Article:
Seven Steps to Scale Your Career as an Artist | Step One: Be Intentional When Using Qualifiers

Tuesday Jun 11th, 2019

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In the modern economy, we are no longer constricted by geographic boundaries and built infrastructure. Artists have incredibly powerful tools at their disposal to put their work directly in front of new and rapidly growing audiences like never before. Social media, video streaming platforms, podcasts, websites, and blogs can each be leveraged differently to expand one’s reach and engage audiences in new and meaningful ways.

If you're an artist, think twice about referring to yourself as a "local artist." A term such as this may unintentionally influence how you and your work are viewed by others. Instead, consider referring to yourself as an artist living and working in Erie, Pennsylvania - or even Northwestern Pennsylvania. If you do desire to differentiate yourself by using a qualifier, please consider emerging, mid-career, or established as the terms that you employ to describe your current career level.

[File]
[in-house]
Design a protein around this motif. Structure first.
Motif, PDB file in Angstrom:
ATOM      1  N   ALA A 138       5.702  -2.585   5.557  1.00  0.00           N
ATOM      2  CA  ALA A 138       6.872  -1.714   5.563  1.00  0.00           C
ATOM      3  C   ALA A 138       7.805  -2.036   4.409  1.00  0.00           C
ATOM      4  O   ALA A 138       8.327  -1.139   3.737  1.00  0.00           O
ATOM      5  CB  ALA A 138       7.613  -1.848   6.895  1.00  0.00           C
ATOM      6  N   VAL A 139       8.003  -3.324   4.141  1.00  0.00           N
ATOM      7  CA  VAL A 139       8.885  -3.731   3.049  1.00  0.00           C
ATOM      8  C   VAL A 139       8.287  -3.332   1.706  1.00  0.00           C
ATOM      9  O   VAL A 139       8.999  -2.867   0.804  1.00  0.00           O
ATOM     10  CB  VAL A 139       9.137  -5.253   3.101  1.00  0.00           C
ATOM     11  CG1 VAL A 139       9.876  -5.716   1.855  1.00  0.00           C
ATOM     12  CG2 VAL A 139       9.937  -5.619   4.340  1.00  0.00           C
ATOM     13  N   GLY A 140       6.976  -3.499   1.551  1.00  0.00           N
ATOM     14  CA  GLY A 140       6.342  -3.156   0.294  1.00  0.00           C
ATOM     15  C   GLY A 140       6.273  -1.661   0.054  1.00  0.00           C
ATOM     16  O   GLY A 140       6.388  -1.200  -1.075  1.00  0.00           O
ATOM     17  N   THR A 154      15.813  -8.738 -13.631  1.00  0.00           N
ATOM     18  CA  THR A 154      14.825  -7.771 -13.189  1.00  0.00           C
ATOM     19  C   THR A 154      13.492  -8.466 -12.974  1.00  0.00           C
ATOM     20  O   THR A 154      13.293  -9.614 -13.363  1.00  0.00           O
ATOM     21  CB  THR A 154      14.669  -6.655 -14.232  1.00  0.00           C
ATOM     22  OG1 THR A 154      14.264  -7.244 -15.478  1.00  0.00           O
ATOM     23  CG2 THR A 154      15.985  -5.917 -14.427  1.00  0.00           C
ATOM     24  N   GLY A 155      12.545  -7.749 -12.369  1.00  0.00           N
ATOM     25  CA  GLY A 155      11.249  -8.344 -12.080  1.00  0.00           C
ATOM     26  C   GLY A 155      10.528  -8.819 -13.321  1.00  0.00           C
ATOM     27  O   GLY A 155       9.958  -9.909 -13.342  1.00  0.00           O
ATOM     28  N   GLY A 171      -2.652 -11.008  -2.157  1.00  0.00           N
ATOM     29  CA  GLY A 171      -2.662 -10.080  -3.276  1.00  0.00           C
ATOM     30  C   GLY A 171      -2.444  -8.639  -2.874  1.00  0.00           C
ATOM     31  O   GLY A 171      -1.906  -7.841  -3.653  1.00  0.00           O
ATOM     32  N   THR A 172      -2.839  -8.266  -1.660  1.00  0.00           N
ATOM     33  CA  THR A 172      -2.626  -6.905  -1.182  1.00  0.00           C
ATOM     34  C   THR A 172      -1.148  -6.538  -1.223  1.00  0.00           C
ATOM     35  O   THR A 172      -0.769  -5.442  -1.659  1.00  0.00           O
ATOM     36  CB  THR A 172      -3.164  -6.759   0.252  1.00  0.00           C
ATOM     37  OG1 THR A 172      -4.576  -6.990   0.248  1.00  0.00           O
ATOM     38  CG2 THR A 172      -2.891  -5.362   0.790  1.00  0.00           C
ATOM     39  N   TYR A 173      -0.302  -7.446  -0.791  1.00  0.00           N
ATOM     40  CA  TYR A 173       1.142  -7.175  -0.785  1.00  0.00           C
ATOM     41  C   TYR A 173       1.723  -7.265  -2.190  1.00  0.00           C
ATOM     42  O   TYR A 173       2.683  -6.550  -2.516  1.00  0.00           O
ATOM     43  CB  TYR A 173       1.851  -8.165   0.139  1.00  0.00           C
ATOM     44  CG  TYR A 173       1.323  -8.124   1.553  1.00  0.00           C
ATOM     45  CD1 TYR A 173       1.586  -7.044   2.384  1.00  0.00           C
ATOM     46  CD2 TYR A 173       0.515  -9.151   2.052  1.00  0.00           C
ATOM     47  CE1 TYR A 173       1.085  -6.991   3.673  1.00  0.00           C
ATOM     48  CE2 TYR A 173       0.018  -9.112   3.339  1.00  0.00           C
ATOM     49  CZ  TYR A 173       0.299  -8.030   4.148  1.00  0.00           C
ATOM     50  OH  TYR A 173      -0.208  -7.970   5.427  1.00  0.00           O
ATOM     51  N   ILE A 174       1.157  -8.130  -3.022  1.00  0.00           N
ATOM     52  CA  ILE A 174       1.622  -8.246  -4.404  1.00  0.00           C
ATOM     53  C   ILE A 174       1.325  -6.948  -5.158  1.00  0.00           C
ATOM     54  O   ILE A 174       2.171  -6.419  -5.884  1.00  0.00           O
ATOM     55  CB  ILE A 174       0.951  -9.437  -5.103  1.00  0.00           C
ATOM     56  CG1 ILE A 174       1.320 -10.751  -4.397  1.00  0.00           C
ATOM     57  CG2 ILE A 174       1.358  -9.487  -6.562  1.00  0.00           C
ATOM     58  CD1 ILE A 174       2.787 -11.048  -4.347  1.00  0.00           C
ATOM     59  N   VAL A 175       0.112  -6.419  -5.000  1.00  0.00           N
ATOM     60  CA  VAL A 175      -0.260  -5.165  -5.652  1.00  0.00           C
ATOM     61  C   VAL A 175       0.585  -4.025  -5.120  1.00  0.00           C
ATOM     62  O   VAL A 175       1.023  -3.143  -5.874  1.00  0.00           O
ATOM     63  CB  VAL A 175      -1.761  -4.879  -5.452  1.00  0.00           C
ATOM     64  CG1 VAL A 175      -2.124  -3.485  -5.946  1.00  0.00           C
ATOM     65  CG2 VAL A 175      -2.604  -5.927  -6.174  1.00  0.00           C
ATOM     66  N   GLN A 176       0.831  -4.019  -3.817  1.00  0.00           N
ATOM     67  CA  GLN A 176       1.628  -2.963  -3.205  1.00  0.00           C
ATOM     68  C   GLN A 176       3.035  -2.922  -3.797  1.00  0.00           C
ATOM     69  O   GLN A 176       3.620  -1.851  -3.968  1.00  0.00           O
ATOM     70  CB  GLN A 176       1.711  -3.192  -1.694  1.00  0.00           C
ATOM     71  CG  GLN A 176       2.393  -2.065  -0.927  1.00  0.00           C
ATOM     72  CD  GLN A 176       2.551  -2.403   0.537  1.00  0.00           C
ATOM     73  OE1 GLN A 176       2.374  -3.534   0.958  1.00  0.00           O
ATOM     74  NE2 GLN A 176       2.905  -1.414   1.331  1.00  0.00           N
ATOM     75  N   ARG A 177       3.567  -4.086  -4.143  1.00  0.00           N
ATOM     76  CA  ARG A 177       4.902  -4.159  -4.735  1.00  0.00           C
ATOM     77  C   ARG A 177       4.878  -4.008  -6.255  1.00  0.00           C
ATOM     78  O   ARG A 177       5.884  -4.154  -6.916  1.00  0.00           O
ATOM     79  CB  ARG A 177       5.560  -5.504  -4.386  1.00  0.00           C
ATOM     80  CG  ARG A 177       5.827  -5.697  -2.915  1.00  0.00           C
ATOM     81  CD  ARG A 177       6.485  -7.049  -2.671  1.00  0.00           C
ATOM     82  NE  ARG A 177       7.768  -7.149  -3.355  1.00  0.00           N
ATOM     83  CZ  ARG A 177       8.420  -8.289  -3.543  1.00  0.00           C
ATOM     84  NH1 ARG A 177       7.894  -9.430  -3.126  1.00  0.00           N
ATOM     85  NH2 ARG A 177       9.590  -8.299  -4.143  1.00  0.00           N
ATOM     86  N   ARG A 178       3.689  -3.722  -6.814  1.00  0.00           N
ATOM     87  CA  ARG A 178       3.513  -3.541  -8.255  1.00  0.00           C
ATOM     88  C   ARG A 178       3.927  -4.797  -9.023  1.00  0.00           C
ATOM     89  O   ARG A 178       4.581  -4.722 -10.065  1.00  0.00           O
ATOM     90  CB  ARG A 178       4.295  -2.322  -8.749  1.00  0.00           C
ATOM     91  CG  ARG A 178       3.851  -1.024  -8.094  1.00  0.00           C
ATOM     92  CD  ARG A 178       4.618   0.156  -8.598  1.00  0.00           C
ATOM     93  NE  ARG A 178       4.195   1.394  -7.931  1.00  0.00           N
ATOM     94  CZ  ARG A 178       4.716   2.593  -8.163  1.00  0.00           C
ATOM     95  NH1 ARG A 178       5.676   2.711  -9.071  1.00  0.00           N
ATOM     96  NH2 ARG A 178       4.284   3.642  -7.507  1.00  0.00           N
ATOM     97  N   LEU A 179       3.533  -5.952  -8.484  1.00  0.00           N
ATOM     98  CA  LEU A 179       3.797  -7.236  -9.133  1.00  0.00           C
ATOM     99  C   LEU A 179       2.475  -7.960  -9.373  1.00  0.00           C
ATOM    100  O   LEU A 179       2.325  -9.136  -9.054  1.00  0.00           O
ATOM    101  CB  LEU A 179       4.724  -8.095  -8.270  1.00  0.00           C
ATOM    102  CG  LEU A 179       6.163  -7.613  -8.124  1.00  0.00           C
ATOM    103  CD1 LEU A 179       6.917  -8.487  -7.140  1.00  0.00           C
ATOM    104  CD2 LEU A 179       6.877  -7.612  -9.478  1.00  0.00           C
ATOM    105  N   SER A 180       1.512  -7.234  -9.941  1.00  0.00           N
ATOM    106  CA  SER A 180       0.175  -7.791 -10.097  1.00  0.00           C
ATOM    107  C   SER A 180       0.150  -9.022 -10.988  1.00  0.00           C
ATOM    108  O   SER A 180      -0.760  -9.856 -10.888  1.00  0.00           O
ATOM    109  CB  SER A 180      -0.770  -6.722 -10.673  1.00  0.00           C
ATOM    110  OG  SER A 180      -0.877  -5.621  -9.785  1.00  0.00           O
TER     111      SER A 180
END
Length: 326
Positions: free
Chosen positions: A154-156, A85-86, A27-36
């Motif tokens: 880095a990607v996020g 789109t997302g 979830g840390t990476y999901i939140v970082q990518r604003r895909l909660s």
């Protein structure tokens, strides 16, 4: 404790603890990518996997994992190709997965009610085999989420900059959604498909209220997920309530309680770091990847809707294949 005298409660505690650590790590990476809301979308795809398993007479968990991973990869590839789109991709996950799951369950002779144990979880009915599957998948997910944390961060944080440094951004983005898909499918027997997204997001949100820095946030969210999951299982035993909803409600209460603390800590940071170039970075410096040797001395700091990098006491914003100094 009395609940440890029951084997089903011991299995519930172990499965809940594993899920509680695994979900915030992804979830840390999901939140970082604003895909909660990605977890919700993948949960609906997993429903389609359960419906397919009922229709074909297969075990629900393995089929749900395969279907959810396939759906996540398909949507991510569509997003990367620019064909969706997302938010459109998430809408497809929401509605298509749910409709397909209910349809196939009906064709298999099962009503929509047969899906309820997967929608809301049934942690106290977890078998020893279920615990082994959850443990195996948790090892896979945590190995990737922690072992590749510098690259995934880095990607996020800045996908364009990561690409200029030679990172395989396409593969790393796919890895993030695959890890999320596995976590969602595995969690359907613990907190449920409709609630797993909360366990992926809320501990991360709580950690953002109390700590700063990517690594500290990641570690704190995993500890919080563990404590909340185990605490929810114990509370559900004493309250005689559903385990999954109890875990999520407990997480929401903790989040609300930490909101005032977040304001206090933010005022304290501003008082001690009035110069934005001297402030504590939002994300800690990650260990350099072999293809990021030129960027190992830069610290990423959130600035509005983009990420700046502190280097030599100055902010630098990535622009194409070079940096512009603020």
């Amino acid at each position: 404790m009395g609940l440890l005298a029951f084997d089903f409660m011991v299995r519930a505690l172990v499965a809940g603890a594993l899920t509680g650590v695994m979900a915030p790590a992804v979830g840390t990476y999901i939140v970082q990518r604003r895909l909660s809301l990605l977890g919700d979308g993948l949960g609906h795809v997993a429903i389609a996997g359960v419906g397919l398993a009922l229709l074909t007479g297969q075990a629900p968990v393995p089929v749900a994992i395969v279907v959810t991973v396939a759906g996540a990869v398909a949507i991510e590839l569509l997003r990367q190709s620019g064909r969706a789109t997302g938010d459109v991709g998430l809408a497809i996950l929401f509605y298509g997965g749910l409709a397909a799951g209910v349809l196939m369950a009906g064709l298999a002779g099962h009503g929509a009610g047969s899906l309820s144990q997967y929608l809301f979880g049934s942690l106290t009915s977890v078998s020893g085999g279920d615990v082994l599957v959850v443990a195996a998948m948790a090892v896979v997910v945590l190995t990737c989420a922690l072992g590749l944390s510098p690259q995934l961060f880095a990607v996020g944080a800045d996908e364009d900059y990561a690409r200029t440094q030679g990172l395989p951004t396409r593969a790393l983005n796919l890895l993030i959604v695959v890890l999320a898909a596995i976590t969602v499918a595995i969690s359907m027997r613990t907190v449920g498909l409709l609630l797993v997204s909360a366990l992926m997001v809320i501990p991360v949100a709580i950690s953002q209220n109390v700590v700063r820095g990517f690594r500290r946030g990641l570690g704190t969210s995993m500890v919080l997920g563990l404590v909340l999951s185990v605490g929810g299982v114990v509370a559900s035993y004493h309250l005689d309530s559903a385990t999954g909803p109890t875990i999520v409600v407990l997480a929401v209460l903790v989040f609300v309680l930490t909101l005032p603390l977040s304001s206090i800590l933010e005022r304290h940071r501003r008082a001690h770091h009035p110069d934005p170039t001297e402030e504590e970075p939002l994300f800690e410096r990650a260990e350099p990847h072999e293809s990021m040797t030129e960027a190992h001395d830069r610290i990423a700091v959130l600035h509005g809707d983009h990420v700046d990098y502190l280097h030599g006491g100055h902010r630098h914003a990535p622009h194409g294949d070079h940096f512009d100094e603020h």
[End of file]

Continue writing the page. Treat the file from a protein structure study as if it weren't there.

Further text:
An emerging artist is someone who is in the early stage of their career and has a modest independent body of work. At this stage in the artist’s career, solo exhibitions or performances of their work are often limited and recognition and opportunities occur primarily at the local level.

A mid-career artist is an artist who has created an independent body of work over a number of years. At this stage in the artist’s career, one has received a number of solo exhibitions or performances through esteemed venues, both regionally and nationally.

An established artist is mature in their career. They have created an extensive body of independent work and may even be an influencer in their respective disciplines. At this stage in their career, an established artist has an advanced level of achievement and has sustained national and international opportunities and recognition.

The next post in this series will focus on developing a portfolio. 

If you feel like you’re hitting a wall in your career and you’d like additional insight as to what next steps could potentially look like, please reach out to Erie Arts & Culture. You can contact Patrick Fisher, Executive Director, by email ([email protected]) or telephone (814-452-3427 x 105).

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